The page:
The English Major

theenglishmajor

I’m the type of reader who doesn’t often read reviews of books that I want to read. I read all kinds of reviews of books that I’ve never even heard of, but if the book is on my list I wait until after I’ve finished it to read any reviews. This nearly killed me a few months back when I was reading Philip Roth’s Indignation and saw that David Gates had written a review of it for the NY Times.

The same can be said for Jim Harrison’s The English Major. Even though I’d never heard of the book the minute I read the subhead on a LA Times review from October I knew I had to read it. The subhead said this:

A failed marriage sends a middle-aged English teacher off in search of something better — a wide-open highway, a cabin with 40 acres and making love to a waitress who smells like food.

Hell yes!

The English Major has the kind of charm that only men over 55 who are a bit in their cups have. It’s a little rambling and full of stuff that you would never have asked about but still want to know.

This is a story about 60something Cliff who gave up a career as a high school English teacher to work on his wife’s Michigan cherry farm. After many, many decades of marriage Vivian, Cliff’s wife, decides to leave him for her high school sweetheart (during her high school reunion Viv goes for a walk with this sweetheart and returns with grass stains on her knees). Because of the divorce she sells the farm and splits the money with her mom and her son, leaving Cliff with a small nest egg to retire on.

Instead of moseying off to some senior high rise or something, Cliff packs up his car and heads off on a cross-country road trip. He decides he’s going to visit all 48 states (he’s afraid of flying, and I can’t remember if that dismisses Alaska or just Hawaii), starting by visiting his grown son who lives in San Francisco. On his way to Montana, Cliff hooks up with a former student of his a forty-three-year-old housewife named Marybelle. And I mean hook up in all senses of the phrase.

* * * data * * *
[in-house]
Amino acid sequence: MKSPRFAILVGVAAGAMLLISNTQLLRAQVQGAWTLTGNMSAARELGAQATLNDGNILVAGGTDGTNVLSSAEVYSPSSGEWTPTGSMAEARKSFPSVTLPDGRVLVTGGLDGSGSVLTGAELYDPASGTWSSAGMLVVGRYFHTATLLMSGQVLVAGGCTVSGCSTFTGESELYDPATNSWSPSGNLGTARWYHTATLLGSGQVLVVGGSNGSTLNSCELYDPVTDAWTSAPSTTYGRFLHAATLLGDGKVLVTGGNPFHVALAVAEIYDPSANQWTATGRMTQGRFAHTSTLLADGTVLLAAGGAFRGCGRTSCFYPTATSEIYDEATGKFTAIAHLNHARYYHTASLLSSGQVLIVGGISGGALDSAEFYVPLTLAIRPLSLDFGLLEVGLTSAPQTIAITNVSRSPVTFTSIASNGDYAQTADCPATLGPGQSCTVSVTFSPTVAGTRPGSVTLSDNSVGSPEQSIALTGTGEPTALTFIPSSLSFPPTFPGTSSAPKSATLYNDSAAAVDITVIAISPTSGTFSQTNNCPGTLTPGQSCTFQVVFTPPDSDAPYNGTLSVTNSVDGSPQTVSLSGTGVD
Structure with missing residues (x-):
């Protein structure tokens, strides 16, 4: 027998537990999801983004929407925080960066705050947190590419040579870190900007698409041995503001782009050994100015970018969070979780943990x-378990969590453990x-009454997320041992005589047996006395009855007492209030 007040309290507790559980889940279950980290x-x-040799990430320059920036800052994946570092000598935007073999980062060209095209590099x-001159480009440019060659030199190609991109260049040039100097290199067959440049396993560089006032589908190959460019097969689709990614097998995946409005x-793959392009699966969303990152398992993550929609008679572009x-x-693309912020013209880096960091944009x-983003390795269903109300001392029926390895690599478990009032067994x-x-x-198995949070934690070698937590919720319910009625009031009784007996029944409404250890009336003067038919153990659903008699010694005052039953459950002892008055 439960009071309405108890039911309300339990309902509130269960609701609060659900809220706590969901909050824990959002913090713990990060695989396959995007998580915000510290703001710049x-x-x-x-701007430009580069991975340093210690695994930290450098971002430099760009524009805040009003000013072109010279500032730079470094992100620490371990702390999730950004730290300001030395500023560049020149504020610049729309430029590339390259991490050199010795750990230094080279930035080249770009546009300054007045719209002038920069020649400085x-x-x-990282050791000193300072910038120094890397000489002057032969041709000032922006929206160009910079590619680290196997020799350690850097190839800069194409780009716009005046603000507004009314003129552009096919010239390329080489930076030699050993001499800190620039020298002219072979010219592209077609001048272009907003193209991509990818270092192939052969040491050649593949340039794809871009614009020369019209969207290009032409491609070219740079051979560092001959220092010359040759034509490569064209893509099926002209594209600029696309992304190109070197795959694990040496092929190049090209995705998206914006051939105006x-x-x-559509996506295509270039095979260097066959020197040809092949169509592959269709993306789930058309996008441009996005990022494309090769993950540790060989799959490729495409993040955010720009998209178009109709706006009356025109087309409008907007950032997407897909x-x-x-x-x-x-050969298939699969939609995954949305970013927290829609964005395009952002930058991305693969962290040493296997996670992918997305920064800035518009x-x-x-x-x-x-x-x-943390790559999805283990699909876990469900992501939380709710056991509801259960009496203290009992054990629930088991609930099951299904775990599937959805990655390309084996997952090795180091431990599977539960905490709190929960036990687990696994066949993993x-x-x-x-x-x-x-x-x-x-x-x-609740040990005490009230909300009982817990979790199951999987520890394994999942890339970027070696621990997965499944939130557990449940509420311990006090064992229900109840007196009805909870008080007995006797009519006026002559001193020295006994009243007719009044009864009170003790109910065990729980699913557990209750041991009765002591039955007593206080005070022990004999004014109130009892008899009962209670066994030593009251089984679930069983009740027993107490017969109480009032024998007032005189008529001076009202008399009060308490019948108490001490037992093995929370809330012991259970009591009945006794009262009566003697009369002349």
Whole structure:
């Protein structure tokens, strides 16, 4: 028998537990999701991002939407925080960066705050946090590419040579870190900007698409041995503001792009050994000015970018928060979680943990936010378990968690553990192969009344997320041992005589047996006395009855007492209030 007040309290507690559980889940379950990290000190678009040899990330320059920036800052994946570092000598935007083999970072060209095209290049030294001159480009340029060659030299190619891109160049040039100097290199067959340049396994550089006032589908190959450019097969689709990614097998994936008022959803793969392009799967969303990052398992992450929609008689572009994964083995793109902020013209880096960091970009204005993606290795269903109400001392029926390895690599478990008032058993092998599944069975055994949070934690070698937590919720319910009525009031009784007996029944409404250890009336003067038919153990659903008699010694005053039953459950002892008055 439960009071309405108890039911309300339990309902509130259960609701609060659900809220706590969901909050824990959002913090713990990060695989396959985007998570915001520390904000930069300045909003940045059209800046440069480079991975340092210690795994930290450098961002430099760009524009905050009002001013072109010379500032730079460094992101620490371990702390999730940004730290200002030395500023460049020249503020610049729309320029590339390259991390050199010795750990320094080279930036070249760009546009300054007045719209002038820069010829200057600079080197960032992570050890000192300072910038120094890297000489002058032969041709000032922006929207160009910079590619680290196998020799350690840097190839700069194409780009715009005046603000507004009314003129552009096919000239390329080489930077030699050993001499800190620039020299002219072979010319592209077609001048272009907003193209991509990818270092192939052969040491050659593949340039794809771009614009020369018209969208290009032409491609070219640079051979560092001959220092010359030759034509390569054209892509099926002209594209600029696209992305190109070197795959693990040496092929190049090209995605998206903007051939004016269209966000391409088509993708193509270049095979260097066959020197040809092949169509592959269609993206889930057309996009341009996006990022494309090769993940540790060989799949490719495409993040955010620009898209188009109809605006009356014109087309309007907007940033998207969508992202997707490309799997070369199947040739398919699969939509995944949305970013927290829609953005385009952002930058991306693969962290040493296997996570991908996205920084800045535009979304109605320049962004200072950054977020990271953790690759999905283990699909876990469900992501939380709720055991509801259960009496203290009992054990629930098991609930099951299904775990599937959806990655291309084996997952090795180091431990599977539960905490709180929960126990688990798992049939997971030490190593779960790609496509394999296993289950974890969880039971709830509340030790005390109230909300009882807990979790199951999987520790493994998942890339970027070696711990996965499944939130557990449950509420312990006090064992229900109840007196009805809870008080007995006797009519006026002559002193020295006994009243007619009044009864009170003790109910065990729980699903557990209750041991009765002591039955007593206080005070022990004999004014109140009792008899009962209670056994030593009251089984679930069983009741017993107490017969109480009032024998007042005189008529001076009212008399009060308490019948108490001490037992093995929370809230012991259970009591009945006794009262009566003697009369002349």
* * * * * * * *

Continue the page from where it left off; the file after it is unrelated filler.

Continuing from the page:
Cliff’s randiness brings a lot of the book’s humor. At times he seems to think and act like a seventeen-year-old which is both annoying and charming, like it is in teenage boys. While it seems that Cliff hit the hootchymama jackpot Marybelle proves to be more annoyance than godsend, and we spend a lot of time watching Cliff not deal very well with her while simultaneously mourning the love of his life (Lola, his dog, not Vivian) and the end of his marriage.

This isn’t a tender tribute to growing old gracefully or a misty-colored reflection on a life lived. Hell no, Cliff’s still got a lot in him and is wrestling with the same kinds of things we all do (did I make the right choice, what’s it all mean, how can I leave my mark on this world, when am I ever gonna get laid?). But since Cliff is coming at it from the perspective of a 60-year-old man it’s much more entertaining than your usual 20-30something angst bullshit.

Website: I WIll Dare

I was the kind of girl who kept an obsessive list of statistics about her Sweet Valley High collection and would take great pride in being able to recite plot synopses for each one from memory. Really. Sadly, nobody ever asked me to recite them.

There are 2 comments for this article
  1. christa at 6:33 pm

    gah! i had not ever in my life heard the phrase “in the cups” until this past week and now i keep running into it a) in the mcinerney i’m reading and b) in this review. here i had hoped i could take the phrase and make it my “own.” no dice, eh?

  2. Pingback: The one about the charming outlaw & his writer friend | Minnesota Reads

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